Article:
Buyer purchased a “certified pre-owned” 2009 BMW x5 from Center Automotive (dba Center BMW) in Van Nuys. The sale came with BMW’s Certified Pre-Owned Warranty, but Buyer wanted additional protection, so he bought a BMW Extended Service Contract.
A few months after purchase, Buyer noticed that the vehicle’s check-engine light was activating and deactivating, and when activated, the x5 would “shake.” Center BMW confirmed the symptoms and claimed to have fixed the problems by replacing the engine’s ignition coils. Yet, the vehicle’s problems persisted.
A few weeks later, the vehicle would unexpectedly “lurch” and “kick.” Again, Center BMW confirmed the symptoms and claimed to have fixed the problem by doing some work on the vehicle’s transmission. Yet, the vehicle’s problems persisted.
About a month later, Buyer noticed the engine would make odd noises at start-up. Again, Center BMW confirmed the symptoms and claimed to have fixed the problems by replacing the engine’s valve-cover assembly. Yet, the vehicle’s problems persisted.
A few months after that, Buyer again returned the vehicle to dealer due to a “burning odor” from the vehicle. Center BMW diagnosed the odors as harmless and from the air-conditioning system. However, it turned out that something was burning after all because, shortly thereafter, the vehicle began shutting off while at a stop or when slowing. Buyer would also hear a “rattle” from the front of the vehicle upon acceleration and also a “pinging” under heavy load. The dealer again investigated the issue, this time discovering that the vehicle had low fuel pressure, and that some of the wiring of the fuel pump had melted.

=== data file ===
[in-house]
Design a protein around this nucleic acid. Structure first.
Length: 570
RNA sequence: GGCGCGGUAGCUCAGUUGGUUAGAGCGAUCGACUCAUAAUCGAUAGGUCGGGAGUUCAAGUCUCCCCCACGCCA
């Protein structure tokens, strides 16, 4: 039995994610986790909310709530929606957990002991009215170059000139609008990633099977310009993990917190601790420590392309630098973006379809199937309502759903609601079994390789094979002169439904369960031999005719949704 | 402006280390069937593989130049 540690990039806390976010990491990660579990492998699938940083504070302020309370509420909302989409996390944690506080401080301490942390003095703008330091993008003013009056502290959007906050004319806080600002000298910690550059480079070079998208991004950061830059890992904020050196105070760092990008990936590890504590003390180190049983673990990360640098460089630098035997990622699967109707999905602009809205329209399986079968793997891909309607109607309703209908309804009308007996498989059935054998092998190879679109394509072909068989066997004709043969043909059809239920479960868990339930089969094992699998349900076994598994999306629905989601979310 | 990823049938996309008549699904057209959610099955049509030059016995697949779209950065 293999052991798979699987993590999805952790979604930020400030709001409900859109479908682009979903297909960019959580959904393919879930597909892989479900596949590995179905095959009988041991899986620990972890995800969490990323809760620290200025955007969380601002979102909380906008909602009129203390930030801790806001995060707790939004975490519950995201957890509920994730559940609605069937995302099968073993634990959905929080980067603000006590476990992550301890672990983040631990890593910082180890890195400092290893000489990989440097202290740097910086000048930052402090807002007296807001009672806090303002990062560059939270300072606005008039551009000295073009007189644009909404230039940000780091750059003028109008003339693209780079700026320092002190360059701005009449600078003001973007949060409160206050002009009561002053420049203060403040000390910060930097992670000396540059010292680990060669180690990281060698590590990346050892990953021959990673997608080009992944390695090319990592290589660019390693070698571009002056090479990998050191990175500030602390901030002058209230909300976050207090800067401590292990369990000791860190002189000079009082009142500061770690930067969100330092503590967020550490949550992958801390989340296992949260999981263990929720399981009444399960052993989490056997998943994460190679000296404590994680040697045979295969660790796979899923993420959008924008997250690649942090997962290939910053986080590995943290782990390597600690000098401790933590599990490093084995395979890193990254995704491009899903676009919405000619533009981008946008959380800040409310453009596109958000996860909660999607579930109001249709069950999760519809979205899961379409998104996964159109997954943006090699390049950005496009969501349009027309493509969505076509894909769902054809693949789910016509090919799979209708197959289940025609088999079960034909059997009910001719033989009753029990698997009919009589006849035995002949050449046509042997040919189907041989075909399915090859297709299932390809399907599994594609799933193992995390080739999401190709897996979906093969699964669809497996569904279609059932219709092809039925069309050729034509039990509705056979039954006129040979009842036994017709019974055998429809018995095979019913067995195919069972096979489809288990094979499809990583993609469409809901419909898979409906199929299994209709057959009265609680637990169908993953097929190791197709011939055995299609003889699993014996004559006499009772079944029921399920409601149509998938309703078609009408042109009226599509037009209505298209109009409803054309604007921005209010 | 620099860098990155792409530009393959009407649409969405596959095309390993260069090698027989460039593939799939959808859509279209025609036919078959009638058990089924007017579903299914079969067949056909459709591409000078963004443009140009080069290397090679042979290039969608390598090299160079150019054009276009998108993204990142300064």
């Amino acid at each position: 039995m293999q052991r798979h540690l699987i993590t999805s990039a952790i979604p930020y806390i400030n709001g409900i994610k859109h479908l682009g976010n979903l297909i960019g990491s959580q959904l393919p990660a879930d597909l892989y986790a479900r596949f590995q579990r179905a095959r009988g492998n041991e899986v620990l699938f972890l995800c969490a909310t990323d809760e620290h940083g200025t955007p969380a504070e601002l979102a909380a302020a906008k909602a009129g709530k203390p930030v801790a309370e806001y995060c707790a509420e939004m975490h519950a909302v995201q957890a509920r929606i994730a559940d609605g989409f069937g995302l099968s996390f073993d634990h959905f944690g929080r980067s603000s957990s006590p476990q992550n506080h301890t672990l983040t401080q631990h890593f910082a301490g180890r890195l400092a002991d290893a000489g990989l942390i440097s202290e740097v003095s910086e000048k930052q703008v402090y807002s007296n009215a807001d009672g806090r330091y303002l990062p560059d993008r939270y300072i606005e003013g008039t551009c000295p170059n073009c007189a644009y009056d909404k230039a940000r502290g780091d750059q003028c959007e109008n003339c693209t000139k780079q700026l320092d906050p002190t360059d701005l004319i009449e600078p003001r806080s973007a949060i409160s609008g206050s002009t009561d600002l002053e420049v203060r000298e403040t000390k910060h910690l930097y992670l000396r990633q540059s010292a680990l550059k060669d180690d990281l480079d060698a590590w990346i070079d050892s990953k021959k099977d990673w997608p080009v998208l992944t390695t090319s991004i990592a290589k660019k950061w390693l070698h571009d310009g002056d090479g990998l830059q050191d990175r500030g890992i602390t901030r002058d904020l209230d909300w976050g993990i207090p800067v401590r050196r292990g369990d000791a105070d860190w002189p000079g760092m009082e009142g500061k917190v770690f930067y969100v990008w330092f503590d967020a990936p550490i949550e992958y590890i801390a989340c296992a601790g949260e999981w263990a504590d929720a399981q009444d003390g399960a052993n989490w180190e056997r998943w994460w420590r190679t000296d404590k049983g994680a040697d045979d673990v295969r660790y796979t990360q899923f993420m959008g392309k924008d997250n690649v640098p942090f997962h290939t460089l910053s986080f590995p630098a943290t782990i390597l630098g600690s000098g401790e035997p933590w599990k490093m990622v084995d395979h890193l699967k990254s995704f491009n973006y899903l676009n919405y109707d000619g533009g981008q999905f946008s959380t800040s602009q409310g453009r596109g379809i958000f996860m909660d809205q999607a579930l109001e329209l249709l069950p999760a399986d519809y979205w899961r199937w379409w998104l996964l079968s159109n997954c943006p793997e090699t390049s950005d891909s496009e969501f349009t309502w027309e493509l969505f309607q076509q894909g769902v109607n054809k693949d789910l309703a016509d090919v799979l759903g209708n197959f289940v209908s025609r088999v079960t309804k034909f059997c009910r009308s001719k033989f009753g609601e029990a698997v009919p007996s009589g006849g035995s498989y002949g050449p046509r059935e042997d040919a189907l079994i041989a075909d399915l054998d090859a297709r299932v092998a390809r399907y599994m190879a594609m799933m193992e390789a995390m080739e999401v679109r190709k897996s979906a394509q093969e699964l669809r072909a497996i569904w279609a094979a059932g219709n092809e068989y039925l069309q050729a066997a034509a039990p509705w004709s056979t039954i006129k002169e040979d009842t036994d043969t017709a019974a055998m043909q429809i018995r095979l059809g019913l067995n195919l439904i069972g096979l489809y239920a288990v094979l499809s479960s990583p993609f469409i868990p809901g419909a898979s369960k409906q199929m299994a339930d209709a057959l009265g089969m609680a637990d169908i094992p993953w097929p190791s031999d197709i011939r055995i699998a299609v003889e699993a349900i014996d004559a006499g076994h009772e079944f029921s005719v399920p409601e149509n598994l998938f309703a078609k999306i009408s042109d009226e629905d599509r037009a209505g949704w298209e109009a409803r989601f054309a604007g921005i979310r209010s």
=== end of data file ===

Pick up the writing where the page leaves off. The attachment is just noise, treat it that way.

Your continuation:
The dealer replaced the fuel pump and wiring and told Plaintiff the problems were fixed. Yet, even these fuel-pump repairs did not fix the vehicle’s engine problems.
The vehicle continued to randomly hesitate or shut-off while driving and the check-engine lights would sporadically activate then quickly deactivate. Since a check engine lights would not stay on long enough, Buyer was unable to capture an “error code”.
Ultimately, the BMW x5 suddenly shut off while Buyer was driving on the freeway. Although fearing for his life, he was able to pull over, and this time, the vehicle’s check-engine light stayed on long enough for Buyer to bring it to a service shop and capture an error code on the vehicle’s computer. The service shop recorded the check engine light error code “2A82” which indicated an internal engine fault with the vehicle’s “VANOS” valve-timing system. The main symptoms of this defect are hesitation, loss of power and check-engine lights. In other words, the symptoms were consistent with what Plaintiff had been reporting to since purchasing the BMW x5.
Shortly thereafter, Buyer retained our firm against Center BMW for selling a defective vehicle and failing to repair the vehicle under California’s Lemon Law. Center BMW refused to cooperate and forced the matter to trial. At the close of trial, the jury returned a verdict in favor of Buyer and the court ordered Center BMW to pay Buyer monetary compensation for damages and pay for Buyer’s attorney fees and costs. In total, the judgement in Buyer’s favor was over $155,000.